While it seems that the novel coronavirus has captured the full focus of citizens, state governments and federal agencies, there is one topic that the National Institute on Drug Abuse (NIDA) is fixated on that is not related to the pandemic: Establishing a standardized dose of THC in cannabis products. NIDA believes that this will solidify consistency in the scientific studies conducted on the medicinal benefits and potential risks of marijuana.
In an official Request for Information (RFI) published by NIDA on Monday, the organization said that conducting research continues to be difficult due to the various THC levels in cannabis products and that a standard THC unit could remedy that problem.
To facilitate research on cannabis, NIDA seeks input on the establishment of a standard unit dose of THC. Read more on Nora's Blog:https://t.co/hYhM2YB8qW#NIDAscience pic.twitter.com/zTjfMJbORh— NIDAnews (@NIDAnews) March 24, 2020
“We recognize that the cannabis plant contains multiple cannabinoids and other components that may influence its overall effect, and that other factors, including route of administration, are also important,” the notice states. “Still, THC is the major contributor to the psychoactive effects of cannabis and thus a good proxy for a standardized unit dose. Some states have instituted standard serving sizes for edible cannabis products, based on the amount of THC contained in them; however, these are not consistent in all states.”
NIDA expressed the importance that in order for a standardized unit dose to be the most useful for public health and studies, it will need to be widely adopted by the research community, the industry for product labeling, and the consumers.
“Indeed, establishment of such a standard would have the greatest impact if universally adopted for commercial product labeling, allowing for more direct comparison across products and a reliable metric by which consumers can understand and accurately report their use,” NIDA states. “This may influence the way consumers think about cannabis, giving them a reliable unit to track intake—the same way people monitoring their alcohol use may count the number of drinks they have consumed on a given evening.”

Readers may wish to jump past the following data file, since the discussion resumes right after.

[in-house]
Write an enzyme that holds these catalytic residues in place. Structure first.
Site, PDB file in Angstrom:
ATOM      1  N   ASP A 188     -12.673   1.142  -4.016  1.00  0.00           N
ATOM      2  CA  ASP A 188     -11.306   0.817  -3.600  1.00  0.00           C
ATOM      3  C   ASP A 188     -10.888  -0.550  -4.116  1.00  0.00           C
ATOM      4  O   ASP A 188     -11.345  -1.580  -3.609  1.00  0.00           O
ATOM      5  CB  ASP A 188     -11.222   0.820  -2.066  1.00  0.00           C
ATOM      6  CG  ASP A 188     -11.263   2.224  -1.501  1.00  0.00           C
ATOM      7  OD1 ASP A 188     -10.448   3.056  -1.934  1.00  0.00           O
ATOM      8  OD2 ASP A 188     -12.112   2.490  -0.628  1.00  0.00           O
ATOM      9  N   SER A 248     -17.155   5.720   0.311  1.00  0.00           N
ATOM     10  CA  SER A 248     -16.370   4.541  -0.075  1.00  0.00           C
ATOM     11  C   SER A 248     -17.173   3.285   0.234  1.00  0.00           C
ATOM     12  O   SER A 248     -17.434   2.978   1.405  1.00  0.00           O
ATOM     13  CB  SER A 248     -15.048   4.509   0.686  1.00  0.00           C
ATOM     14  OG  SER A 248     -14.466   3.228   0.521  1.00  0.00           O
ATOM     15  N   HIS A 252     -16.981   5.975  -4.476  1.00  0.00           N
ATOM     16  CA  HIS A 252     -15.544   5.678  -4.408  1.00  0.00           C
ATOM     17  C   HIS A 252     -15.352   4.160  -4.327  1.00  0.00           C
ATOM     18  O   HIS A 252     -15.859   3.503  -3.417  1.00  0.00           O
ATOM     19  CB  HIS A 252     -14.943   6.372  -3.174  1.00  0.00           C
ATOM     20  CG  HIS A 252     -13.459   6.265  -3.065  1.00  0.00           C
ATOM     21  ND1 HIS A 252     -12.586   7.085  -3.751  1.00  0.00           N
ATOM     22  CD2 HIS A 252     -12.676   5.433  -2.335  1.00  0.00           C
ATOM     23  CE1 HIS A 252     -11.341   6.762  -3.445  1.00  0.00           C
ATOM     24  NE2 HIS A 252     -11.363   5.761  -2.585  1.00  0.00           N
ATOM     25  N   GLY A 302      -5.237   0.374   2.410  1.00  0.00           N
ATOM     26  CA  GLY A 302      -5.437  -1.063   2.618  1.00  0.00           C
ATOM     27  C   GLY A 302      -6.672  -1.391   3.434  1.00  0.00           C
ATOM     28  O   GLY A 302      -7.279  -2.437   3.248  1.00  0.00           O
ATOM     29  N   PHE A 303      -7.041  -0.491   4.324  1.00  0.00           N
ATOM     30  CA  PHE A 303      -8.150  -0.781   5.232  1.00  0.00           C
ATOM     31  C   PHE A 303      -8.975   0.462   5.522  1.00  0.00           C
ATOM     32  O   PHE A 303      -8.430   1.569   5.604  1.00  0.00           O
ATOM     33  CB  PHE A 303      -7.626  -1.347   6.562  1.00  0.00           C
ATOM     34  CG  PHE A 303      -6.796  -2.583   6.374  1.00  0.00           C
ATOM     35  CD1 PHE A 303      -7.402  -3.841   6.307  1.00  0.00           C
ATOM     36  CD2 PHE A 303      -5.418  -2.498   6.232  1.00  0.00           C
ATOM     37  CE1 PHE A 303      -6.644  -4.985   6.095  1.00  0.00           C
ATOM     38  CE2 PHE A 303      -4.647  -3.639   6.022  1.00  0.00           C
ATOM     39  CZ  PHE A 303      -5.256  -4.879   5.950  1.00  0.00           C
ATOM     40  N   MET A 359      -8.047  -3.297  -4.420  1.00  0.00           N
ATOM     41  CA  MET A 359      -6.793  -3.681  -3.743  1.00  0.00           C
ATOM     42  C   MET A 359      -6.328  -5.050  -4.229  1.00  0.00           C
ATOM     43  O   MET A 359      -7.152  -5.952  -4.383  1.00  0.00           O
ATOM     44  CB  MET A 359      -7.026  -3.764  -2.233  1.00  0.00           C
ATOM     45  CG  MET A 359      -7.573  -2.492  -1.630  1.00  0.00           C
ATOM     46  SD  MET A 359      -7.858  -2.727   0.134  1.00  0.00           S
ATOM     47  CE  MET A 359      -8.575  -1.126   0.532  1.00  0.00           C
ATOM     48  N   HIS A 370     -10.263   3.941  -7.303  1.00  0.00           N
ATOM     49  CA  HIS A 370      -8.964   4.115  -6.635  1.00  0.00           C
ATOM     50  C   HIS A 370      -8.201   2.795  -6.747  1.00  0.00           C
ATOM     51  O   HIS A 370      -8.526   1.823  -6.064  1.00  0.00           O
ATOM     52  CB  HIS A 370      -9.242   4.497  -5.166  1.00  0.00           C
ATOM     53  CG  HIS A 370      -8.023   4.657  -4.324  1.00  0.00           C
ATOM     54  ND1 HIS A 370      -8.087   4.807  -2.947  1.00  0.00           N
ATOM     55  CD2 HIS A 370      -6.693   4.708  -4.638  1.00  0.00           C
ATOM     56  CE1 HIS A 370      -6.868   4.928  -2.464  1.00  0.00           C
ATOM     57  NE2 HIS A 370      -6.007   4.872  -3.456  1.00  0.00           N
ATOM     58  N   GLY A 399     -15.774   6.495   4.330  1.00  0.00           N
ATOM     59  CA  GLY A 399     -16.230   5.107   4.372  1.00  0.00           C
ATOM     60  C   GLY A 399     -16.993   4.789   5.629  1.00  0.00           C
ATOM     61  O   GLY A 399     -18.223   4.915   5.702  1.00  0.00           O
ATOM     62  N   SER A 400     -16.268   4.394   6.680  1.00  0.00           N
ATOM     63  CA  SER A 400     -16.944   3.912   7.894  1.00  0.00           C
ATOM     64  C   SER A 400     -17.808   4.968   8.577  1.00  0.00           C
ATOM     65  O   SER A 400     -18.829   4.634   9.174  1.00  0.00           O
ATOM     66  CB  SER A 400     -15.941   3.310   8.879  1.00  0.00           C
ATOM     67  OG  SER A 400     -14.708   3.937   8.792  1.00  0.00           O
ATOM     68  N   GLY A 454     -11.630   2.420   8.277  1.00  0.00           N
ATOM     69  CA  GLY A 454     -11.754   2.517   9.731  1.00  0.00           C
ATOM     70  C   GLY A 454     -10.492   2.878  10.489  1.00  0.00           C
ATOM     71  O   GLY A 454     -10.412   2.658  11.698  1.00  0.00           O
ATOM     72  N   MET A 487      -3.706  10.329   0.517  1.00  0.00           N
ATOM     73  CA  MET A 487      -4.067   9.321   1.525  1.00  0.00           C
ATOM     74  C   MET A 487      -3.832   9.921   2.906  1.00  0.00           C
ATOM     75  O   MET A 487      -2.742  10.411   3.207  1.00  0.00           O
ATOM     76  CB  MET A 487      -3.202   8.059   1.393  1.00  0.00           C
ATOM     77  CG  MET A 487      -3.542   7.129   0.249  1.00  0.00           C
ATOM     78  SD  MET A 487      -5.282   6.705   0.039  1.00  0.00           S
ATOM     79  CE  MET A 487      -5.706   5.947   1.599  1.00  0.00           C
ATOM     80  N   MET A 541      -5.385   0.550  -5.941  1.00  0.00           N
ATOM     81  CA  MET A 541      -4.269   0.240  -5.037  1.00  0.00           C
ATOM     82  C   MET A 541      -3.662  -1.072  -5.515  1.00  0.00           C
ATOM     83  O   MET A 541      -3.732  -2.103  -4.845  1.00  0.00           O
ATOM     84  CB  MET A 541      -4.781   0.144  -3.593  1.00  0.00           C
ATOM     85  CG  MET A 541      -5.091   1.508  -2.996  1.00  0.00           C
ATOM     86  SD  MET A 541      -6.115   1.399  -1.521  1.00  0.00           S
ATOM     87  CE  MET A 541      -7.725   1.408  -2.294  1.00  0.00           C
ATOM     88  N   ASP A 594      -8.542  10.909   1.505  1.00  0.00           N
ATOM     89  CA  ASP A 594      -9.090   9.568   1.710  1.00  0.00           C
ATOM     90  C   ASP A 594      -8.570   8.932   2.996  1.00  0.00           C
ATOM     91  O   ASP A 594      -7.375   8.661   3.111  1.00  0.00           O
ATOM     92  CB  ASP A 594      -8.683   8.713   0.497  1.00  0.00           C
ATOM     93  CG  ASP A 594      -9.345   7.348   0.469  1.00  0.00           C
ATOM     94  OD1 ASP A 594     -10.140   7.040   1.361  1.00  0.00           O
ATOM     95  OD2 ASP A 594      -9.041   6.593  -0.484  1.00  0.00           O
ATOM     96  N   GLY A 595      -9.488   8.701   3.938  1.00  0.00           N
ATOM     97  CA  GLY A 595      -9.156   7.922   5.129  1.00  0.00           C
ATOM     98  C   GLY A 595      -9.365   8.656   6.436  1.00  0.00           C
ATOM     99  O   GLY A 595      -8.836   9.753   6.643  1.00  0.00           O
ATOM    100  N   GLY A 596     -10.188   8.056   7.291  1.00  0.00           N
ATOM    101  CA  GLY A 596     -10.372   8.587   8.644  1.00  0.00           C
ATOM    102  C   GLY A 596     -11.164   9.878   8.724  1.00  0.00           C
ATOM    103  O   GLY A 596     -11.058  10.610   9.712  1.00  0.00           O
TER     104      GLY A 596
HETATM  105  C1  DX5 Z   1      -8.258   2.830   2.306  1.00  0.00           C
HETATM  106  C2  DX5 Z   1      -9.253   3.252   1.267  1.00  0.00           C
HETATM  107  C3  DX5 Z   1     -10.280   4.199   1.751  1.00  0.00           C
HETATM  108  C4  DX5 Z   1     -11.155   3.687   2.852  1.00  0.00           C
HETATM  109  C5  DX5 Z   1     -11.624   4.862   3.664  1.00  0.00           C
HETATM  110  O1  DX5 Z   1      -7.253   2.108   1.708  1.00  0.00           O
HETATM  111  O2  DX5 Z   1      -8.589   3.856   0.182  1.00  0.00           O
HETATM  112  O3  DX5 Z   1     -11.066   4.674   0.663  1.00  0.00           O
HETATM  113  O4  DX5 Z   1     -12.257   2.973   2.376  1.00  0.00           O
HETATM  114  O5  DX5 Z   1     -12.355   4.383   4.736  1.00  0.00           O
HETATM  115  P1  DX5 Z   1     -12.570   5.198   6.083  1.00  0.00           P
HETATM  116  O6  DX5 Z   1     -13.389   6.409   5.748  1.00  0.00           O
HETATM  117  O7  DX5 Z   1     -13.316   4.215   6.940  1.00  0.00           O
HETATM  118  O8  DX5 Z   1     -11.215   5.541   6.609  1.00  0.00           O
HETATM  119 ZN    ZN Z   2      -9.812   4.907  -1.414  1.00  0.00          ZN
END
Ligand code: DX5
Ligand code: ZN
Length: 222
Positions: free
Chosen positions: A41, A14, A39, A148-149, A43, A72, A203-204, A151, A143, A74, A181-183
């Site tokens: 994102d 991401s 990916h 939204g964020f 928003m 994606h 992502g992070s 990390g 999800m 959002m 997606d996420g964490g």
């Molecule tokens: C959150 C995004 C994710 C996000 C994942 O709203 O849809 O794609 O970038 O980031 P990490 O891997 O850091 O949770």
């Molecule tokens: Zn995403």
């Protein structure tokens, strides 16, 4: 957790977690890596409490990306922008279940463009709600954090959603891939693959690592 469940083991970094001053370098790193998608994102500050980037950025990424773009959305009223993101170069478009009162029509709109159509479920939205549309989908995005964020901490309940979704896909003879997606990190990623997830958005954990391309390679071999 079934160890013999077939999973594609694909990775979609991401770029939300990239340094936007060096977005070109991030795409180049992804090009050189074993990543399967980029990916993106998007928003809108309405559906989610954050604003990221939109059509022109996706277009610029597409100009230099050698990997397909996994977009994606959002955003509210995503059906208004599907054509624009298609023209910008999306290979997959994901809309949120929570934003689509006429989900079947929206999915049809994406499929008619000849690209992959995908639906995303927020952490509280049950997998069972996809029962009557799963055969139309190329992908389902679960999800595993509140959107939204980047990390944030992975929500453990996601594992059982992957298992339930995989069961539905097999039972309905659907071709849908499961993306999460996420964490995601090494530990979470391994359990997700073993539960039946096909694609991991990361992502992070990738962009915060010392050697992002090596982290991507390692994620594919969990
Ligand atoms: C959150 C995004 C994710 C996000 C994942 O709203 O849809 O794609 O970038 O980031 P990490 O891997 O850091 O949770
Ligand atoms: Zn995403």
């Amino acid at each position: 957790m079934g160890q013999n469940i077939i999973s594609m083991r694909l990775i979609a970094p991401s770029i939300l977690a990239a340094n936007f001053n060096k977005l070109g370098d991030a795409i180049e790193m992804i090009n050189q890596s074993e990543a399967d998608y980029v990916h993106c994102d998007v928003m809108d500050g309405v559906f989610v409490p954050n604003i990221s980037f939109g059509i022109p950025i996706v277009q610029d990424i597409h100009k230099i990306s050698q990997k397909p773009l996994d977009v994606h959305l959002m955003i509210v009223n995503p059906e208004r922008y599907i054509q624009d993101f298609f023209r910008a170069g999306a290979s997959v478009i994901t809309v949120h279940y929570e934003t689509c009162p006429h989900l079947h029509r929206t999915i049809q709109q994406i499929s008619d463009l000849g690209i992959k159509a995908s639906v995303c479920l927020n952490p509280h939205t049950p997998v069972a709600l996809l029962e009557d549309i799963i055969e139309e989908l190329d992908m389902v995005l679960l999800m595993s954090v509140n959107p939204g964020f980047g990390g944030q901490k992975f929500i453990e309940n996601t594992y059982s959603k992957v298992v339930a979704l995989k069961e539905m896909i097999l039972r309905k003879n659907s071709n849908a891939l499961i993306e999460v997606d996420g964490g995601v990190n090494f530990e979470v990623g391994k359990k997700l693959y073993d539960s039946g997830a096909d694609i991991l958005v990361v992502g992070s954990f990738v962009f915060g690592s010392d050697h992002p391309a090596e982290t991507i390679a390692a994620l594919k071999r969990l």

Although NIDA believes that a standard THC dose would dramatically improve the ability to assess outcomes in relation to exposure, the agency acknowledges that cannabis plants in particular remain in a state of flux in terms of potency.
“A standard dose is in some ways arbitrary, especially for this drug, given the shifting potency of cannabis plants, the wide variability in products, and the ways individuals use them. Designating a standard unit dose simply sets an easy-to-follow standard,” reads the request. “Designing experiments around a standard amount of THC in whatever form it is administered or consumed (as well as increments or multiples of that amount) will greatly facilitate gathering rigorous data and comparing data across studies.”
NIDA hopes that if a standardized THC dose is established, it would provide a rubric on how to form prevention strategies as well as facilitate the comparison of the effects of different products and methods of ingestion. While it is uncertain yet whether or not the information request will be granted, the Drug Enforcement Administration (DEA) announced last week that the agency is bidding for an update to a rule that would allow for the expansion of authorized cannabis growers for research purposes.